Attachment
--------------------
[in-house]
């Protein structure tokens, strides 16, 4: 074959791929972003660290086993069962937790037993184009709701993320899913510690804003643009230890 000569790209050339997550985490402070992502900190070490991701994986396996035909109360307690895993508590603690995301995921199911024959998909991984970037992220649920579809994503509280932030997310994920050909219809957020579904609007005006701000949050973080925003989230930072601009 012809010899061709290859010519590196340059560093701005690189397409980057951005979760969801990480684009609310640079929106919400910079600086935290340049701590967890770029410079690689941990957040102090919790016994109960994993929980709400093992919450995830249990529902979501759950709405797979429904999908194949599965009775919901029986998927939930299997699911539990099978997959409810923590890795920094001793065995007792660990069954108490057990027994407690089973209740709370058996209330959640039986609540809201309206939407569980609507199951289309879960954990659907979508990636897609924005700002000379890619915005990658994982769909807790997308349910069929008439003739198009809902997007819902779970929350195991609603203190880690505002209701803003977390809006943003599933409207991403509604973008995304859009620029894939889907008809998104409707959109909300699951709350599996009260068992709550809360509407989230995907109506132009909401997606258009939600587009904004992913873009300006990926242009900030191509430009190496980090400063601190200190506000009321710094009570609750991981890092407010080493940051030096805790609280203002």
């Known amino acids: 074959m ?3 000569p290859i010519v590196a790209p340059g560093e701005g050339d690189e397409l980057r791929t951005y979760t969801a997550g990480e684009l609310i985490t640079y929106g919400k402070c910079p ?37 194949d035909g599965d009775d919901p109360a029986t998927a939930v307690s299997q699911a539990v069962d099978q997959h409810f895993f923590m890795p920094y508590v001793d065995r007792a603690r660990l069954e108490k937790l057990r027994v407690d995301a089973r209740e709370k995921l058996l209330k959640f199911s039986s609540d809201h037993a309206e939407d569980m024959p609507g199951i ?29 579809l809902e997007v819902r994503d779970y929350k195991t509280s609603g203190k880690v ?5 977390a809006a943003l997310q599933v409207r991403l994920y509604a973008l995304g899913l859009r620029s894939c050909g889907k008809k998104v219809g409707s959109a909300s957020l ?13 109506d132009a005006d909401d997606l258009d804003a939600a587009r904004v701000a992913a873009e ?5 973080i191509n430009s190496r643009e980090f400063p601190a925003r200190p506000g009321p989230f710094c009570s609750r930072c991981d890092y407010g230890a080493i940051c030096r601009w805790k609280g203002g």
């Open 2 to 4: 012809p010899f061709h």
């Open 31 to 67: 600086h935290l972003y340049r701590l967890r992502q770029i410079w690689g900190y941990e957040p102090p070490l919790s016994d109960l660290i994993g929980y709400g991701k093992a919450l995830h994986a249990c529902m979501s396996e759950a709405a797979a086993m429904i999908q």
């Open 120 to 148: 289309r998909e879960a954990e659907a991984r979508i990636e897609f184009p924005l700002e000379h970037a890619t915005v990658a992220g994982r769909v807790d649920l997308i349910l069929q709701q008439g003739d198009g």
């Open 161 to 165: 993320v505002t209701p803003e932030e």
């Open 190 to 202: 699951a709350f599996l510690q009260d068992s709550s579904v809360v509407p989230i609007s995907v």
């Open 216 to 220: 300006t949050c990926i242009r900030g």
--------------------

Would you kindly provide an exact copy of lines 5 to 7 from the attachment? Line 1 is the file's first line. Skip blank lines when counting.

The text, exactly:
């Open 31 to 67: 600086h935290l972003y340049r701590l967890r992502q770029i410079w690689g900190y941990e957040p102090p070490l919790s016994d109960l660290i994993g929980y709400g991701k093992a919450l995830h994986a249990c529902m979501s396996e759950a709405a797979a086993m429904i999908q």
């Open 120 to 148: 289309r998909e879960a954990e659907a991984r979508i990636e897609f184009p924005l700002e000379h970037a890619t915005v990658a992220g994982r769909v807790d649920l997308i349910l069929q709701q008439g003739d198009g």
């Open 161 to 165: 993320v505002t209701p803003e932030e």